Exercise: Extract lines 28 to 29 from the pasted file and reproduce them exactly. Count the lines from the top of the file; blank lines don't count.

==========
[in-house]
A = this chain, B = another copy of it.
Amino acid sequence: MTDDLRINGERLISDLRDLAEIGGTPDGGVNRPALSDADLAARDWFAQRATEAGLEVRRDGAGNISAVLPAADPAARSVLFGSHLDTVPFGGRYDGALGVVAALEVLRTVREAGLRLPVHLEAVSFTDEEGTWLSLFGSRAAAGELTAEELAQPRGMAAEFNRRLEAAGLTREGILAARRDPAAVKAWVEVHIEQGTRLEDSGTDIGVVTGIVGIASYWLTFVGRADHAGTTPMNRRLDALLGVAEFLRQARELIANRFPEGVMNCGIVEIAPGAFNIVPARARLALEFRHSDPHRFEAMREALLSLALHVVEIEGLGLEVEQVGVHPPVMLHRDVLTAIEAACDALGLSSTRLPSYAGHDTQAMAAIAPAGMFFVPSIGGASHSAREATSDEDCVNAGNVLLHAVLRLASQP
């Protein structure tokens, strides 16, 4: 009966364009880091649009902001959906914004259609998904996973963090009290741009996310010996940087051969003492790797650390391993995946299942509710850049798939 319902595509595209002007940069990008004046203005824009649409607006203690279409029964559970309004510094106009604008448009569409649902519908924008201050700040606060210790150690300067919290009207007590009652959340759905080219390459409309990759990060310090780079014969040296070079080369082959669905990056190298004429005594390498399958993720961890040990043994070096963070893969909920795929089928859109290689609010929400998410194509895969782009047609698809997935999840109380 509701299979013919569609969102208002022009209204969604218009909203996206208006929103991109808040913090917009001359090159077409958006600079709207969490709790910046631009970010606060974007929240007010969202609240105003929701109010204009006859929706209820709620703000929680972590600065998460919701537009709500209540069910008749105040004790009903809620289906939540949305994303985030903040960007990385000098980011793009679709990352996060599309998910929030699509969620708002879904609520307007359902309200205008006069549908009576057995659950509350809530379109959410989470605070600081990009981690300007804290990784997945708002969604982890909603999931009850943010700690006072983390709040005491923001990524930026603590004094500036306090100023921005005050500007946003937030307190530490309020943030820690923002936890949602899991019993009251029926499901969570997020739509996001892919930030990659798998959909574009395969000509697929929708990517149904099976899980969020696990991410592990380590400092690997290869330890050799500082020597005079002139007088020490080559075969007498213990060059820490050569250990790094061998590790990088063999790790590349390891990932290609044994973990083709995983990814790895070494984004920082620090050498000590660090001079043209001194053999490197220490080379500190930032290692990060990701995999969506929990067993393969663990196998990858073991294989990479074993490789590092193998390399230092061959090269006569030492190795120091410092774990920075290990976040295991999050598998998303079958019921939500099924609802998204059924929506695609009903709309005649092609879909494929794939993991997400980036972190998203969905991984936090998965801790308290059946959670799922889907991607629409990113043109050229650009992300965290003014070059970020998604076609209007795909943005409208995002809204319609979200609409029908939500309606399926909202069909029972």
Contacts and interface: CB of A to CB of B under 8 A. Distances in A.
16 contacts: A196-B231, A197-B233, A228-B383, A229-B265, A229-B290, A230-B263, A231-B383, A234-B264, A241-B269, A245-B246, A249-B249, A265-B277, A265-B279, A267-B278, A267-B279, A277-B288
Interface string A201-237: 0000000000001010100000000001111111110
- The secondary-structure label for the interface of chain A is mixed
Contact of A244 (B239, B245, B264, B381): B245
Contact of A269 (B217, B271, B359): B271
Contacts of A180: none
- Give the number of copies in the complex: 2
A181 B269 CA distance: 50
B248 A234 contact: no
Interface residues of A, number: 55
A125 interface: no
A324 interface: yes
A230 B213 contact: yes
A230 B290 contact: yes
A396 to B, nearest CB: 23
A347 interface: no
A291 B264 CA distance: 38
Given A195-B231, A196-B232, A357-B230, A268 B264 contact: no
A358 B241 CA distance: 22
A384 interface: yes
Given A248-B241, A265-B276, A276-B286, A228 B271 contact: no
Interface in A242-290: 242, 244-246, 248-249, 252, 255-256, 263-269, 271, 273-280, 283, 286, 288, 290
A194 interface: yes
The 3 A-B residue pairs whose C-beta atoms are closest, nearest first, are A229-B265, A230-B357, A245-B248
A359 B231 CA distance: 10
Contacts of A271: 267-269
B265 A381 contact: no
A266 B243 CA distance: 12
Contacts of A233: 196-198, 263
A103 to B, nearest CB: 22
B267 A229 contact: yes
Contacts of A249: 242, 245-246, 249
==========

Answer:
A194 interface: yes
The 3 A-B residue pairs whose C-beta atoms are closest, nearest first, are A229-B265, A230-B357, A245-B248